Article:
Tax identity scams targeted in Senate proposal
WASHINGTON (Reuters) - Legislation to combat use of taxpayer data in tax refund fraud scams was introduced on Thursday by a senator from Florida, an epicenter of the scams as they spread across the United States.
The proposal would require the Internal Revenue Service to figure out within three months how to shorten the time it takes for fraud victims to get tax refunds and to let taxpayers opt out of electronic filing once they have been targeted.
"We cannot allow victims of ID theft and tax fraud to be victimized again by a system encumbered by red tape," Democratic Senator Bill Nelson said in a statement on his legislation.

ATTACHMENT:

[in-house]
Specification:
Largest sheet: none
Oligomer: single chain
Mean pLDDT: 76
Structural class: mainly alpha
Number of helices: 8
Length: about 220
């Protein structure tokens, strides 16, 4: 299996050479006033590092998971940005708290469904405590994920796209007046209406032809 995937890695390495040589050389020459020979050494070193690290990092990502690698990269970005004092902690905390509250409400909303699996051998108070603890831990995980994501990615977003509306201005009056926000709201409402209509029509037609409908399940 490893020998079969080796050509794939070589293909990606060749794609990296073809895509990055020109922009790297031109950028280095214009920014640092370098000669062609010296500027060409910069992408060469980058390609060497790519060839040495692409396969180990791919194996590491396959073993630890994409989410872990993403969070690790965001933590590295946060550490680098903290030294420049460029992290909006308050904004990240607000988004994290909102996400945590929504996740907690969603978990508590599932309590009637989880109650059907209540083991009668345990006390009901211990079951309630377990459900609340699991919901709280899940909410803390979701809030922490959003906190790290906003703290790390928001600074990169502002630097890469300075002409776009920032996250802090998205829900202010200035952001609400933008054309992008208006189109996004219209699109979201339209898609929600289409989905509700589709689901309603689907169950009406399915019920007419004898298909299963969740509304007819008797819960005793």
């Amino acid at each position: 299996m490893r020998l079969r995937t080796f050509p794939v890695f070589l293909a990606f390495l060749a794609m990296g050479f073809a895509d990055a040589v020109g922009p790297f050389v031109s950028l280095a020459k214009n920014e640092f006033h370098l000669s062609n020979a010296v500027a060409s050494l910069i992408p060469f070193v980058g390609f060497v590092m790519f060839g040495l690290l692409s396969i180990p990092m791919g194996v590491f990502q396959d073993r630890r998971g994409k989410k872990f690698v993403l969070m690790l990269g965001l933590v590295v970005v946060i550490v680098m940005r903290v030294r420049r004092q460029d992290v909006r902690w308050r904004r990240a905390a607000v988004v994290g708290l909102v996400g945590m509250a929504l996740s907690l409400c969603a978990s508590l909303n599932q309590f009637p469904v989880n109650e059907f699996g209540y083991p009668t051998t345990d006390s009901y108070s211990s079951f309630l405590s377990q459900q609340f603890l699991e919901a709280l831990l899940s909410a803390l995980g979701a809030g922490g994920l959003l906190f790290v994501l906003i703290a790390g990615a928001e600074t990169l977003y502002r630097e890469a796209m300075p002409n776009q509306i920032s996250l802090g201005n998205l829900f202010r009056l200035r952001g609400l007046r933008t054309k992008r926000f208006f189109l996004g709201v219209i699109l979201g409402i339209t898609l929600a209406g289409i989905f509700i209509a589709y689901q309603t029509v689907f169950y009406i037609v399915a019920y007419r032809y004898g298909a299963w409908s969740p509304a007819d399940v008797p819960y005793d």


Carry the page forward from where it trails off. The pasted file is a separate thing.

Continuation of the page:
The deadline for filing taxes in the United States is April 15.
Late last month, the IRS broadened a crackdown on tax-related identity theft that began in Florida to include all 50 states, allowing local law-enforcement officers limited access to IRS documents.
The IRS is devoting more time and money to combat identity theft. The agency says it prevented $20 billion in attempted tax refund frauds in fiscal 2012, up from $14 billion a year earlier.
The bill would require actions by several government agencies, including financial regulators and Medicare, to tighten controls on the use of personal information.
The fate of the effort is unclear because the issue has not risen to the top of budget and other battles consuming Washington.
A similar bill has been filed in the House of Representatives.
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